Human Rights groups beg Wikileaks to remove Afghan names

The Taliban has executed hundreds of people it had accused of collaborating with coalition forces or the Afghan government.

Maverick bean-spillers, Wikileaks, recklessly published classified military documents relating to the war in Afghanistan without thoroughly editing out the names of civilian individuals helping the fight against the Taliban. The Taliban has pledged to track down and murder these people.

Wikileaks owner, Julian Assange, defended his actions by claiming that: “All the material is over seven months old so is of no current operational consequence, even though it may be of very significant investigative consequence.”

This is absurd, since there is clearly no time-limit on the names or details of civilians who have provided information about the Taliban to the US forces.

However, despite widespread criticism – and horror – Wikileaks has been slow to remedy the situation and instead, bizarrely, has blamed the US military for failing to cooperate with them in publishing the documents.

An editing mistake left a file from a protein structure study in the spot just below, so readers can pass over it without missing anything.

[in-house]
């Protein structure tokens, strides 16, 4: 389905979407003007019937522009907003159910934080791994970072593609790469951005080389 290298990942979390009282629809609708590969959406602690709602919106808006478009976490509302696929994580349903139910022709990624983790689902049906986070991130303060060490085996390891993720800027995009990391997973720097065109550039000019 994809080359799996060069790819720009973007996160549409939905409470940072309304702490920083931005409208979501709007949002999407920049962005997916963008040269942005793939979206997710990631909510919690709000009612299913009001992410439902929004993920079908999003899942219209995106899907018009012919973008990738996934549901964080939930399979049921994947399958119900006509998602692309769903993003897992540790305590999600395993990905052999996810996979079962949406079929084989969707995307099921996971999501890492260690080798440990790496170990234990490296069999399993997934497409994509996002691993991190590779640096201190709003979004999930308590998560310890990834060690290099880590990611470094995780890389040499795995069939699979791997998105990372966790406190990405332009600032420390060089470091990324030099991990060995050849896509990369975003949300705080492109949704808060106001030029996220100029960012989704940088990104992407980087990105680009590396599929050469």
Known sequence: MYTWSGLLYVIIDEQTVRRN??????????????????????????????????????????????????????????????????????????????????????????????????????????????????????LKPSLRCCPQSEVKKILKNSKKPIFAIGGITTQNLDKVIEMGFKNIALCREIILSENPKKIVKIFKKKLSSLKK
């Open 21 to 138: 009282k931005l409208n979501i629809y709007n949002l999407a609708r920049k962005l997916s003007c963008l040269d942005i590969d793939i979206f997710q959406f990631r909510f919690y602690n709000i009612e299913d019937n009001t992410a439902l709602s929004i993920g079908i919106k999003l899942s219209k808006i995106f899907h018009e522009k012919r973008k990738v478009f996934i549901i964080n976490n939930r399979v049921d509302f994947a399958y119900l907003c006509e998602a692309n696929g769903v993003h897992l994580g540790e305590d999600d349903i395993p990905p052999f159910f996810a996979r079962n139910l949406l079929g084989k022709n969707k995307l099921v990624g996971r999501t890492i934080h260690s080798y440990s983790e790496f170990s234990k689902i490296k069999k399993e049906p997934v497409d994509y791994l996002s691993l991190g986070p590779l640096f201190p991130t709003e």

Now, reports the BBC, several concerned Human Rights organisations, including Amnesty International, the Afghan Independent Human Rights Commission, the Campaign for Innocent Victims in Conflict, the Open Society Institute and the International Crisis Group have written to Assange urging him to remove the names.

Nader Nadery of  the Afghan Independent Human Rights Commission stated bluntly:

“There was no consideration about civilian lives… We said that in the future the names should be redacted and the ones that are already there need to be taken down. Even though it is late, it still worth doing.”

They have received no response to their urgent request.

I fear that this sort of behaviour will become typical of aloof, ego-driven and sensationalist Internet reporting. Arguably the media has always been like this. But in the past they didn’t have the technology to cause this much harm at the touch of a button. The war cry of the Internet ‘citizen journalist’ is that “information wants to be free.” But what does this mean for human freedom?